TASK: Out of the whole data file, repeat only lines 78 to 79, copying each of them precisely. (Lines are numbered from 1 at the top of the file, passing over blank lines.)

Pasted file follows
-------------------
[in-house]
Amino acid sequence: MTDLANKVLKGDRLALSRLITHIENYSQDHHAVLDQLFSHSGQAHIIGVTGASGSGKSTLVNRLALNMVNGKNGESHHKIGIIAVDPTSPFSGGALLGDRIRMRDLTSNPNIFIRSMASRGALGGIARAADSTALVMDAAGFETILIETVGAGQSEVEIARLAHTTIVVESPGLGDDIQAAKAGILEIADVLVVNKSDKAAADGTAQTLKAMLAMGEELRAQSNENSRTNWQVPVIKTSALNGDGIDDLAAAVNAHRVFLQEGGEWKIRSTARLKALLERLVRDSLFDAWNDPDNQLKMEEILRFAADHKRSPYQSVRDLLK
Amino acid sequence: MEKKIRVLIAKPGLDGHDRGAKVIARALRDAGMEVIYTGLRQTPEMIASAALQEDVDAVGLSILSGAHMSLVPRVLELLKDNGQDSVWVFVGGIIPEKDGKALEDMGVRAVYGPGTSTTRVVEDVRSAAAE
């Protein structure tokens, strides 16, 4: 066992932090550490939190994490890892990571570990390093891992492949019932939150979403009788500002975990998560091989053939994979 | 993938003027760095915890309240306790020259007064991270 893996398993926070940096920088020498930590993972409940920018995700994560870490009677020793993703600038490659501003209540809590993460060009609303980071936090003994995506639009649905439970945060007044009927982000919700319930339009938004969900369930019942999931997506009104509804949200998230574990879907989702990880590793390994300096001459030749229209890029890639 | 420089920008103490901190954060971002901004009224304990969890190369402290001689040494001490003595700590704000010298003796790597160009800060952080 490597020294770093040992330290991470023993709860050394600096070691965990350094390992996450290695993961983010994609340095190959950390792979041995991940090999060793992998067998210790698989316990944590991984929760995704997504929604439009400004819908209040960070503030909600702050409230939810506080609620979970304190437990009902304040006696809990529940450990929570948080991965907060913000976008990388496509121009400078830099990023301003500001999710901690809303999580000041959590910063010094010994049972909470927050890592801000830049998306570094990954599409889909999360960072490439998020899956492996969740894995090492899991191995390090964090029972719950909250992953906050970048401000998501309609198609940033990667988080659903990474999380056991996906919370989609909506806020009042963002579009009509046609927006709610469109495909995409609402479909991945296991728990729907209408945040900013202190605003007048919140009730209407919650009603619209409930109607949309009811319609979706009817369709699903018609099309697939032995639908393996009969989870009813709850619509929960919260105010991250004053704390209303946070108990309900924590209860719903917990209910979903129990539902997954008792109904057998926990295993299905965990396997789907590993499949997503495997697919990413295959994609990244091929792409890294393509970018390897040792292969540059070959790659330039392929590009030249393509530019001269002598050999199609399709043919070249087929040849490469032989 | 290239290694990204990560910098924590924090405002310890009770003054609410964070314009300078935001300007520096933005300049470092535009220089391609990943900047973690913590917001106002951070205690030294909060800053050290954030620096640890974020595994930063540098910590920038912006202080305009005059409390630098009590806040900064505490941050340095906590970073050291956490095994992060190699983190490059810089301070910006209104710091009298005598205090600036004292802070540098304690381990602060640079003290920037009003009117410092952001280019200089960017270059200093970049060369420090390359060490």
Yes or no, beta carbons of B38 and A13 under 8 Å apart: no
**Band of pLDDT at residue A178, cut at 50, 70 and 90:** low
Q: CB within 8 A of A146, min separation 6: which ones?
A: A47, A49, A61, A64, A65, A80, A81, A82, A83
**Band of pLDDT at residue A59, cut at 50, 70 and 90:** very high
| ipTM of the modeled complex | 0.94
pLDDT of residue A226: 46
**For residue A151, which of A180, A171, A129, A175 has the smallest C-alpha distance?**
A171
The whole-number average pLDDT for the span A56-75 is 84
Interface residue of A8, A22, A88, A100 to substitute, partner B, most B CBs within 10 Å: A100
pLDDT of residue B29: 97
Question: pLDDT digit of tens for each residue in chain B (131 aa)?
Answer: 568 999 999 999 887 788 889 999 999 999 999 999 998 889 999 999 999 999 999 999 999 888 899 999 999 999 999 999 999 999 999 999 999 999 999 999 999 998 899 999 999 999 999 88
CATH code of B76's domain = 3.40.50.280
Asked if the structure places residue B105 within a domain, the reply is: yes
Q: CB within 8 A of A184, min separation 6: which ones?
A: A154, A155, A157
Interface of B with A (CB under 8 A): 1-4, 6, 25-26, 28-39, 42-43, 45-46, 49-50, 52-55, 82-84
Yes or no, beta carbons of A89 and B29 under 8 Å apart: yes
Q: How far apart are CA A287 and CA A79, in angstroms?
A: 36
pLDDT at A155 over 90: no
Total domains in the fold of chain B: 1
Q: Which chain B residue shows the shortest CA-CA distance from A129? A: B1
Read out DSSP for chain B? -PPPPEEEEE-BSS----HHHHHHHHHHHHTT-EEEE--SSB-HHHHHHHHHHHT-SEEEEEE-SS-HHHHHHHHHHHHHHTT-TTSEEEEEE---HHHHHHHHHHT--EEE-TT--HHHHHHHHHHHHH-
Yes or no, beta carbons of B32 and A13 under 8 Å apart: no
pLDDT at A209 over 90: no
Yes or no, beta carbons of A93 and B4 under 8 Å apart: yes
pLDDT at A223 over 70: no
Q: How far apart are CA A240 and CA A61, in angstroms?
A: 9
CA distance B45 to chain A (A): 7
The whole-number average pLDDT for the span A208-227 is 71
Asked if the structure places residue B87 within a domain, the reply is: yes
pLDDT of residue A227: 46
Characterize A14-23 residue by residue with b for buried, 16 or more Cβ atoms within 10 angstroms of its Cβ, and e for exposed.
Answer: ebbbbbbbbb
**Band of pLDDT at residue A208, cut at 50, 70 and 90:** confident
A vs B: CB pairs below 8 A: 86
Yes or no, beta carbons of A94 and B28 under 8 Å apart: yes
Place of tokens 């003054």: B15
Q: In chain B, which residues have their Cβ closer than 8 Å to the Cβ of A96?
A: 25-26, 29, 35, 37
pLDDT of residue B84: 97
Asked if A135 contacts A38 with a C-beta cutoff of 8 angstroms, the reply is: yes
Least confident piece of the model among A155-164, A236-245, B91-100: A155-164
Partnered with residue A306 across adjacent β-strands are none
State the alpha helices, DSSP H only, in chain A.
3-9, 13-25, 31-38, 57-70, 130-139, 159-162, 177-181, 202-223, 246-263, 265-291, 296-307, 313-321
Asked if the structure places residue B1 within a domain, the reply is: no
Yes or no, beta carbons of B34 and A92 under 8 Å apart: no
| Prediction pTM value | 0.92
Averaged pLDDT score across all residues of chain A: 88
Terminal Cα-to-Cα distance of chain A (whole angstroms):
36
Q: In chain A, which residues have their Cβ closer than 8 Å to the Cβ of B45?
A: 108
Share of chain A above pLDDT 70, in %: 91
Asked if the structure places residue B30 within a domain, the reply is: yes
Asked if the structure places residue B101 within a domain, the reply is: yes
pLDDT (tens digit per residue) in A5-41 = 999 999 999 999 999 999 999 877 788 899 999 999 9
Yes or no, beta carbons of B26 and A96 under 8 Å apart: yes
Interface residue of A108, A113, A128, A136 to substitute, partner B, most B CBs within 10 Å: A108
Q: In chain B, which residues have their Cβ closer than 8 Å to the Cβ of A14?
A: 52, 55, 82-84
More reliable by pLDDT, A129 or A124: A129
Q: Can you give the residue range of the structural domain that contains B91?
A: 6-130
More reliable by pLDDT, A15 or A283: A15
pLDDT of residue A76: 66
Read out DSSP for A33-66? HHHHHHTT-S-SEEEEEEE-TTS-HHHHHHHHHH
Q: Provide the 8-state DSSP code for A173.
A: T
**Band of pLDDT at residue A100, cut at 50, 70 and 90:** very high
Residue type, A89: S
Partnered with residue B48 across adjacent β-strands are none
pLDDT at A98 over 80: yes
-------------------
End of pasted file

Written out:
A: T
**Band of pLDDT at residue A100, cut at 50, 70 and 90:** very high